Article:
Katzenbach v. Morgan
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|Katzenbach v. Morgan|
|Argued April 18, 1966
Decided June 13, 1966
|Full case name||Nicholas Katzenbach, Attorney General, et al. v. Morgan et ux.|
|Citations||384 U.S. 641 (more)
86 S. Ct. 1717; 16 L. Ed. 2d 828; 1966 U.S. LEXIS 1337
|Prior history||A 3-judge panel of the United States District Court for the District of Columbia granted appellees declaratory and injunctive relief|
|Congress may enact laws stemming from its 14th Amendment enforcement power that increase the rights of citizens beyond what the judiciary has recognized.|
|Majority||Brennan, joined by Warren, Black, Clark, White, Fortas|
|Dissent||Harlan, joined by Stewart|
|U.S. Const. amend. XIV; Voting Rights Act of 1965: Section 4(e)|
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Katzenbach v. Morgan, 384 U.S. 641 (1966), was a United States Supreme Court case regarding the power of Congress, pursuant to Section 5 of the 14th Amendment, to enact laws that enforce and interpret provisions of the Constitution.
Prior to the 1960s, many US states and municipalities used literacy tests to disenfranchise minorities. In 1959, the US Supreme Court held, in Lassiter v. Northampton County Board of Elections, that literacy tests were not necessarily violations of Equal Protection Clause of the 14th Amendment or the 15th Amendment.
In 1965, Congress passed the Voting Rights Act of 1965, which sought to safeguard the voting rights of disenfranchised minorities. Among other provisions, the Voting Rights Act made some literacy tests illegal. Section 4(e) was aimed at securing the franchisement of New York City's large Puerto Rican population and "provides that no person who has completed the sixth grade in a public school, or an accredited private school, in Puerto Rico in which the language of instruction was other than English shall be disfranchised for inability to read or write English."
Registered voters in the state of New York brought suit by alleging that Congress exceeded its powers of enforcement under the 14th Amendment and alleging that Congress infringed on rights reserved to states by the 10th Amendment.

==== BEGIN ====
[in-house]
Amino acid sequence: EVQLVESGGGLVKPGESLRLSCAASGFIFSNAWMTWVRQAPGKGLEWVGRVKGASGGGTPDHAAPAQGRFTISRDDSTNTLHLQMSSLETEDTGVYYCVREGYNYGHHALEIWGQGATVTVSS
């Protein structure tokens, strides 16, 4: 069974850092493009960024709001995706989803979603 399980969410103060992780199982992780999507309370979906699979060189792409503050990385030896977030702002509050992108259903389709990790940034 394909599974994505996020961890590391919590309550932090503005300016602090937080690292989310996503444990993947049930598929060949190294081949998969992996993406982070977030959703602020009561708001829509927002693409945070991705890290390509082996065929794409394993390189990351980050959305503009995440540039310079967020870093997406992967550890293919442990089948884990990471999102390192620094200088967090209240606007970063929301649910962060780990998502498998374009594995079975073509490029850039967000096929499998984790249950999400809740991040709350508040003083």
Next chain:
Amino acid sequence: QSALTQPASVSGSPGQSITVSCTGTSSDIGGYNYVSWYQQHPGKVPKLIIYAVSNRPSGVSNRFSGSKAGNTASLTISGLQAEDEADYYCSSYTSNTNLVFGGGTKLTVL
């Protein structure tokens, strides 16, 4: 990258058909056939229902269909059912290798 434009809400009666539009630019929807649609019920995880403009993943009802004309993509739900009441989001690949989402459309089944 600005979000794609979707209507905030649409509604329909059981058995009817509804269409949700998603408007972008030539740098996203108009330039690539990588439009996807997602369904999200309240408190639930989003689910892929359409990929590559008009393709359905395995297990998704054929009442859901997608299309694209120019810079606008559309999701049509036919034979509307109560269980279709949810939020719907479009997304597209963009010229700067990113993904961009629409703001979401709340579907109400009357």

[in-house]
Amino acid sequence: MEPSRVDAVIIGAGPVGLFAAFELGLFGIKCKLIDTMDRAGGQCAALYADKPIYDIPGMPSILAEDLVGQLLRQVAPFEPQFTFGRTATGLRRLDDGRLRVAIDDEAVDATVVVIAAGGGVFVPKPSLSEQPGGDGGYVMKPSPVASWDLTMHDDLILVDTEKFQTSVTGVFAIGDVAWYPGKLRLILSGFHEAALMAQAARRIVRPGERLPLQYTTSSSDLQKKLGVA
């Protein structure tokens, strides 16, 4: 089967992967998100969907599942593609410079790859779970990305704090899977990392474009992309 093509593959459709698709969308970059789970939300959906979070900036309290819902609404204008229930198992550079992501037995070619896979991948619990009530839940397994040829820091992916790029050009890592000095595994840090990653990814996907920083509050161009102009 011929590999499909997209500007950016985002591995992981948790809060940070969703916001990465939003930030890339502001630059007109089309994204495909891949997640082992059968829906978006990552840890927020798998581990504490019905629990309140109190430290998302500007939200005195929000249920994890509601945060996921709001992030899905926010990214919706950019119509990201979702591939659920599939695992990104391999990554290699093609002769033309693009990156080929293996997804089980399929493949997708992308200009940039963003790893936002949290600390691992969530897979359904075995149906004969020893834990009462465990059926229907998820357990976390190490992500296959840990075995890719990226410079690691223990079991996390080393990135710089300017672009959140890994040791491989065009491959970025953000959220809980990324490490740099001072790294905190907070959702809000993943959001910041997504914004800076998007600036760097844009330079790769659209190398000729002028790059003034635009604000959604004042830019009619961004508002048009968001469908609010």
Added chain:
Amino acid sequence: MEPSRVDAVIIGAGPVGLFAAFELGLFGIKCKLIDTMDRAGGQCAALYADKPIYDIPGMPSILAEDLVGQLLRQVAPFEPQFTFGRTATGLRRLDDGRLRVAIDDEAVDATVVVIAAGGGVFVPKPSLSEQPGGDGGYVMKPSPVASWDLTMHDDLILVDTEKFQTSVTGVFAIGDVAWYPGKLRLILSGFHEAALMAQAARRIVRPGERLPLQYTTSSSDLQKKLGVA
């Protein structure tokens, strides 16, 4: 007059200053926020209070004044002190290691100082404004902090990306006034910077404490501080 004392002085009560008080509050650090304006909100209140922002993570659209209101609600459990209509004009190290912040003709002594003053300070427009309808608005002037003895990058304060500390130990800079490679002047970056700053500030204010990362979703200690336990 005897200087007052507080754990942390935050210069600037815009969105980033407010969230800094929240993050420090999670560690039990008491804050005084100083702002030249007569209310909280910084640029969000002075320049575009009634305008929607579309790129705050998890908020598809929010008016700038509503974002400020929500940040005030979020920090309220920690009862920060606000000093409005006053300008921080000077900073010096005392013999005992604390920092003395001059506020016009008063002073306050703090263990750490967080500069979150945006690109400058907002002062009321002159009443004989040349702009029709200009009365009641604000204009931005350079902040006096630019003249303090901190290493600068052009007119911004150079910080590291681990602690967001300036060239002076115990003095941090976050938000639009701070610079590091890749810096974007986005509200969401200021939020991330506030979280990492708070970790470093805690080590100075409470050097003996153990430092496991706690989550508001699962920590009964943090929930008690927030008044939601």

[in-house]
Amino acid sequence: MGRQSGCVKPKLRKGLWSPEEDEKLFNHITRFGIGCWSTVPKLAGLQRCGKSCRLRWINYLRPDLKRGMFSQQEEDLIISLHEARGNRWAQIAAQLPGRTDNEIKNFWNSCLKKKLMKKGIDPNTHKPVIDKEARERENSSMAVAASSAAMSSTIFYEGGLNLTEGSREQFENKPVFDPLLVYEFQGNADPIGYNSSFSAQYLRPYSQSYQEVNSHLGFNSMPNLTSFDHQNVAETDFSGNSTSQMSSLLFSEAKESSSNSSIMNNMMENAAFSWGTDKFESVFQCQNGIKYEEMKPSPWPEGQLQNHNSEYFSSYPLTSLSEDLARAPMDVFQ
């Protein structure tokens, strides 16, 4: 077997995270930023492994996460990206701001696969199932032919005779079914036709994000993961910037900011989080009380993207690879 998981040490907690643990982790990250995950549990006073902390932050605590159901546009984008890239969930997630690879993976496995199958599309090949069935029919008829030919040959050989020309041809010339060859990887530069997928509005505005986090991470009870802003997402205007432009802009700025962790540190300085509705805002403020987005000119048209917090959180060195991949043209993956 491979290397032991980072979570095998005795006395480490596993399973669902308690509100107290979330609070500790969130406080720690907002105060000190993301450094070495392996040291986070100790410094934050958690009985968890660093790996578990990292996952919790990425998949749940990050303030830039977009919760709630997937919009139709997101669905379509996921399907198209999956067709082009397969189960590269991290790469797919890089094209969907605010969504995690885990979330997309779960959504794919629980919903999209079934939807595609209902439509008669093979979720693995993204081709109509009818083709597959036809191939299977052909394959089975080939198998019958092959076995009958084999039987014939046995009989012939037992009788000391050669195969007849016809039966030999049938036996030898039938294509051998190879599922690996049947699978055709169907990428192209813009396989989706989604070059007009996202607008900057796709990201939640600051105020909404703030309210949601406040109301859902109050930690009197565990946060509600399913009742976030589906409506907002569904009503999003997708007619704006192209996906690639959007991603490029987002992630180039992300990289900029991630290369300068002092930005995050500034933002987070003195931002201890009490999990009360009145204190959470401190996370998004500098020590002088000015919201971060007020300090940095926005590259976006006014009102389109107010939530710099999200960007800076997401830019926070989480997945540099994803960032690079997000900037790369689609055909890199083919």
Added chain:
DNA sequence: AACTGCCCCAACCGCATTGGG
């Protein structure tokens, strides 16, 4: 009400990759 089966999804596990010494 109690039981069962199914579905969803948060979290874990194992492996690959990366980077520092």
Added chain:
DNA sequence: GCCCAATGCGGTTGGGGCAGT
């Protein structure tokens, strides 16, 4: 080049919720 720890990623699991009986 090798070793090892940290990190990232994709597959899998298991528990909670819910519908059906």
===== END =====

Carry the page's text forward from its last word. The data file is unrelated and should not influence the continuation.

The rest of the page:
By a 7-2 decision, the Supreme Court sided with Attorney General Nicholas Katzenbach, reversed the District Court, and held that Section 4(e) was constitutional. Writing the majority opinion, Justice Brennan stressed that Section 5 of the amendment is "a positive grant of legislative power authorizing Congress to exercise its discretion in determining the need for and nature of legislation to secure Fourteenth Amendment guarantees." Justice Brennan applied the appropriateness standard of McCulloch v. Maryland (1819) to determine whether the legislation passed constitutional muster.
Section 4(e) arguably expanded rights beyond what the Court had recognized in Lassiter, but Brennan ruled that Section 4(e) was appropriate. In doing so, he has often been credited with introducing the "ratchet theory" for congressional legislation enacted under Section 5. It held that Congress could ratchet up civil rights beyond what the Court had recognized, but Congress could not ratchet down judicially recognized rights. The "ratchet theory" essentially set judicially recognized rights as a support on which Congress could expand if it so chose. According to the theory, Brennan's opinion allowed for multiple interpreters of the Fourteenth Amendment, as opposed to just that of the judiciary.
In dissent, Justice Harlan criticized the "ratchet theory" and the idea of multiple interpreters of the 14th Amendment. Harlan relied on the separation of powers doctrine to argue that allowing Congress to interpret the 14th Amendment undercut the power of the judiciary. He objected to Congress having the power to interpret the 14th Amendment substantively (to create new rights). Harlan argued that the appropriate use of Section 5 power was the enforcement of judicially-recognized 14th Amendment rights.
Katzenbach v. Morgan is a prime example of judicial deference to Congressional authority. It allowed Congress great latitude in use of Section 5.
The Supreme Court, 31 years after Katzenbach, revisited the "ratchet" interpretation, in the case of City of Boerne v. Flores (1997) and stated, "This is not a necessary interpretation, however, or even the best one." By striking down the state application of the Religious Freedom Restoration Act, it addressed the separation of powers concerns that had been voiced earlier by Harlan.
- Soltero, Carlos R. (2006). "Katzenbach v. Morgan (1966) and voting rights of Puerto Ricans and limited English proficiency". Latinos and American Law: Landmark Supreme Court Cases. Austin, TX: University of Texas Press. pp. 48–60. ISBN 0-292-71411-4.